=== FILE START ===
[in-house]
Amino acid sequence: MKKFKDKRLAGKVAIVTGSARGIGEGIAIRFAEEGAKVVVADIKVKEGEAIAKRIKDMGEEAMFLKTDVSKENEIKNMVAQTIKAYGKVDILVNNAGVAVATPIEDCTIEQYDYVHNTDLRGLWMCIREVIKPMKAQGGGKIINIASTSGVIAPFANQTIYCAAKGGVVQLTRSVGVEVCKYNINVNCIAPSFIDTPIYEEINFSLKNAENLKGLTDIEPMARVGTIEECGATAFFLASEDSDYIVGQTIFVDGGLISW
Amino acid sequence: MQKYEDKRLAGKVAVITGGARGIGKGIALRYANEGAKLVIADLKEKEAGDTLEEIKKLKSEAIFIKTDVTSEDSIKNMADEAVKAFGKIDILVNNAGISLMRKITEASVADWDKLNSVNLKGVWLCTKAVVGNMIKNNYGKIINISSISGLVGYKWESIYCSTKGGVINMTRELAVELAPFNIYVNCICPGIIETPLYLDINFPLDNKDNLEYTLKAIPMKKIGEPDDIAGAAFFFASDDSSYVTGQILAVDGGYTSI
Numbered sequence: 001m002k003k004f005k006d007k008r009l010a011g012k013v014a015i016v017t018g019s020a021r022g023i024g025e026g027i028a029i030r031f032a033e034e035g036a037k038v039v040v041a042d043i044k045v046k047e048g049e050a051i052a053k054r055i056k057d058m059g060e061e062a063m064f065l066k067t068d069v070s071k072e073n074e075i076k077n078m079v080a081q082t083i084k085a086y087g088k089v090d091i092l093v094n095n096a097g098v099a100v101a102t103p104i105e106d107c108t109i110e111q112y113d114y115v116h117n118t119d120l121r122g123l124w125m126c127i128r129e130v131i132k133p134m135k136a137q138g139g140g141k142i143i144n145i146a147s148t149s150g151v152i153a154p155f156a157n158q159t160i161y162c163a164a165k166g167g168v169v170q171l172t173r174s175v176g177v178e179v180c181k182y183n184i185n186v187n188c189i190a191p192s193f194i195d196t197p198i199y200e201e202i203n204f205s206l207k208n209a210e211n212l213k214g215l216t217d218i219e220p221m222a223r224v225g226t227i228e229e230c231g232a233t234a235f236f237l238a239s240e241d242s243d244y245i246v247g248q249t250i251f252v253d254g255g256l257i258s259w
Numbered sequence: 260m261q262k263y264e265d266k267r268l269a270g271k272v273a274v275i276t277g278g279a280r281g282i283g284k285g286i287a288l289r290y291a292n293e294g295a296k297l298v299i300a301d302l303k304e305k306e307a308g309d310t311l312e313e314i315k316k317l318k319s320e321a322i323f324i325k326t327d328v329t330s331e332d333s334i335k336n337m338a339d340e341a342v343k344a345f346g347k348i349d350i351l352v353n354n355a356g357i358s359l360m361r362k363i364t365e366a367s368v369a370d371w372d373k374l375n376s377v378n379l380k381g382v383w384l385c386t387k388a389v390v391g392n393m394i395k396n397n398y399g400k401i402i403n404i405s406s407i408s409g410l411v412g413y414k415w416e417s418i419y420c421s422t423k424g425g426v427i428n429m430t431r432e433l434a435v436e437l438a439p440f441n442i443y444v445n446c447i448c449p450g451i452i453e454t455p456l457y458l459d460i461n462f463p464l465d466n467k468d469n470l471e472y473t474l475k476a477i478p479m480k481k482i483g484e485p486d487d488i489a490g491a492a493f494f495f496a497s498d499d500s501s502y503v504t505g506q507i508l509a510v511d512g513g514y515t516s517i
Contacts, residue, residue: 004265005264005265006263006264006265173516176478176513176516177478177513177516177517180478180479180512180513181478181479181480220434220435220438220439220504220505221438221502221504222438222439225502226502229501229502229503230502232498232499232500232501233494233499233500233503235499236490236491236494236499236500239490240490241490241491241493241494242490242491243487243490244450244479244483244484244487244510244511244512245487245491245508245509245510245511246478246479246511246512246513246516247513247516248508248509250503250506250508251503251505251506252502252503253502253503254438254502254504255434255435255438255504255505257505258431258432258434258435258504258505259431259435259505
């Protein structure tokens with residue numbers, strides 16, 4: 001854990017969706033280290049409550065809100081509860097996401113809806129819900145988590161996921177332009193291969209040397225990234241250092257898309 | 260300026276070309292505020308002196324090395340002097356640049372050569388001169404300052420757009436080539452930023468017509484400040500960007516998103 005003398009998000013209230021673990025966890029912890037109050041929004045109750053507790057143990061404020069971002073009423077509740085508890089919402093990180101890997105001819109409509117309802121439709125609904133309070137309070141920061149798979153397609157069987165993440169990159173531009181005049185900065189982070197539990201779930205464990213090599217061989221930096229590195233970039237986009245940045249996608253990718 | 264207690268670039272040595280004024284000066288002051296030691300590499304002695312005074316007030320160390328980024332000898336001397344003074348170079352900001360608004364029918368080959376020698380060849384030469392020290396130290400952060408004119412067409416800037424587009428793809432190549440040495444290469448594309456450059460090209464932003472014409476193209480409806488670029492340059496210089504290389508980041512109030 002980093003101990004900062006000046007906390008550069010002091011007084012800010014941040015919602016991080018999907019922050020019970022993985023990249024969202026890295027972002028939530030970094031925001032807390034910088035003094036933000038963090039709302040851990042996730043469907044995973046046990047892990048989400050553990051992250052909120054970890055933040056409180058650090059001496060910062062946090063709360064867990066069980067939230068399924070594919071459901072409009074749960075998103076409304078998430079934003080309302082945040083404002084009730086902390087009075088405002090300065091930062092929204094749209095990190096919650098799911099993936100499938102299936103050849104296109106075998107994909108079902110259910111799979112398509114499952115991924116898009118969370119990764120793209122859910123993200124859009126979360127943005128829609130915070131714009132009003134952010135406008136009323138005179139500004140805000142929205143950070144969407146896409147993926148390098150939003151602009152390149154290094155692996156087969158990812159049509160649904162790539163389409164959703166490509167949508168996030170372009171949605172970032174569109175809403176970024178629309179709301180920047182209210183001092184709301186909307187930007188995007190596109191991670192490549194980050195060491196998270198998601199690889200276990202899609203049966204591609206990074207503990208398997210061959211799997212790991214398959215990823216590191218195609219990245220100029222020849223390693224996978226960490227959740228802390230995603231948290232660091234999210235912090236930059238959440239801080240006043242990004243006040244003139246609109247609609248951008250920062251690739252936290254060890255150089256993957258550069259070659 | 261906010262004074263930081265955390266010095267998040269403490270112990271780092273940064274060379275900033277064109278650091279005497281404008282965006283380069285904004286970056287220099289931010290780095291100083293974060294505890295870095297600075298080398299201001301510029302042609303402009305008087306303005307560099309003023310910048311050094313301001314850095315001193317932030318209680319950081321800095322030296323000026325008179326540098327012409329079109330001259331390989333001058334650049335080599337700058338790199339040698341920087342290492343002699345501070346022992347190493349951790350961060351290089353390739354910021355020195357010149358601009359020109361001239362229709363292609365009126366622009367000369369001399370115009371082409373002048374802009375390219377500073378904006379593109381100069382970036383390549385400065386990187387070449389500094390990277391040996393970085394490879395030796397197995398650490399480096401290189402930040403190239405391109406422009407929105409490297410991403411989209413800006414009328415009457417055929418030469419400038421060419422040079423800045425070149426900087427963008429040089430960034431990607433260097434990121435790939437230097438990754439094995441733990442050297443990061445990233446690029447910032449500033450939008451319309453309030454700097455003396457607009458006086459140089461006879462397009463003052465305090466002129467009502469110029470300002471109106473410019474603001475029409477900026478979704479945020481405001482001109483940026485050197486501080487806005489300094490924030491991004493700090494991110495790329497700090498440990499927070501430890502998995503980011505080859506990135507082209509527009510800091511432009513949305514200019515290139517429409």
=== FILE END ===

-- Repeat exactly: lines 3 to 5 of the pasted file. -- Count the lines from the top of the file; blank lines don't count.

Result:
Amino acid sequence: MQKYEDKRLAGKVAVITGGARGIGKGIALRYANEGAKLVIADLKEKEAGDTLEEIKKLKSEAIFIKTDVTSEDSIKNMADEAVKAFGKIDILVNNAGISLMRKITEASVADWDKLNSVNLKGVWLCTKAVVGNMIKNNYGKIINISSISGLVGYKWESIYCSTKGGVINMTRELAVELAPFNIYVNCICPGIIETPLYLDINFPLDNKDNLEYTLKAIPMKKIGEPDDIAGAAFFFASDDSSYVTGQILAVDGGYTSI
Numbered sequence: 001m002k003k004f005k006d007k008r009l010a011g012k013v014a015i016v017t018g019s020a021r022g023i024g025e026g027i028a029i030r031f032a033e034e035g036a037k038v039v040v041a042d043i044k045v046k047e048g049e050a051i052a053k054r055i056k057d058m059g060e061e062a063m064f065l066k067t068d069v070s071k072e073n074e075i076k077n078m079v080a081q082t083i084k085a086y087g088k089v090d091i092l093v094n095n096a097g098v099a100v101a102t103p104i105e106d107c108t109i110e111q112y113d114y115v116h117n118t119d120l121r122g123l124w125m126c127i128r129e130v131i132k133p134m135k136a137q138g139g140g141k142i143i144n145i146a147s148t149s150g151v152i153a154p155f156a157n158q159t160i161y162c163a164a165k166g167g168v169v170q171l172t173r174s175v176g177v178e179v180c181k182y183n184i185n186v187n188c189i190a191p192s193f194i195d196t197p198i199y200e201e202i203n204f205s206l207k208n209a210e211n212l213k214g215l216t217d218i219e220p221m222a223r224v225g226t227i228e229e230c231g232a233t234a235f236f237l238a239s240e241d242s243d244y245i246v247g248q249t250i251f252v253d254g255g256l257i258s259w
Numbered sequence: 260m261q262k263y264e265d266k267r268l269a270g271k272v273a274v275i276t277g278g279a280r281g282i283g284k285g286i287a288l289r290y291a292n293e294g295a296k297l298v299i300a301d302l303k304e305k306e307a308g309d310t311l312e313e314i315k316k317l318k319s320e321a322i323f324i325k326t327d328v329t330s331e332d333s334i335k336n337m338a339d340e341a342v343k344a345f346g347k348i349d350i351l352v353n354n355a356g357i358s359l360m361r362k363i364t365e366a367s368v369a370d371w372d373k374l375n376s377v378n379l380k381g382v383w384l385c386t387k388a389v390v391g392n393m394i395k396n397n398y399g400k401i402i403n404i405s406s407i408s409g410l411v412g413y414k415w416e417s418i419y420c421s422t423k424g425g426v427i428n429m430t431r432e433l434a435v436e437l438a439p440f441n442i443y444v445n446c447i448c449p450g451i452i453e454t455p456l457y458l459d460i461n462f463p464l465d466n467k468d469n470l471e472y473t474l475k476a477i478p479m480k481k482i483g484e485p486d487d488i489a490g491a492a493f494f495f496a497s498d499d500s501s502y503v504t505g506q507i508l509a510v511d512g513g514y515t516s517i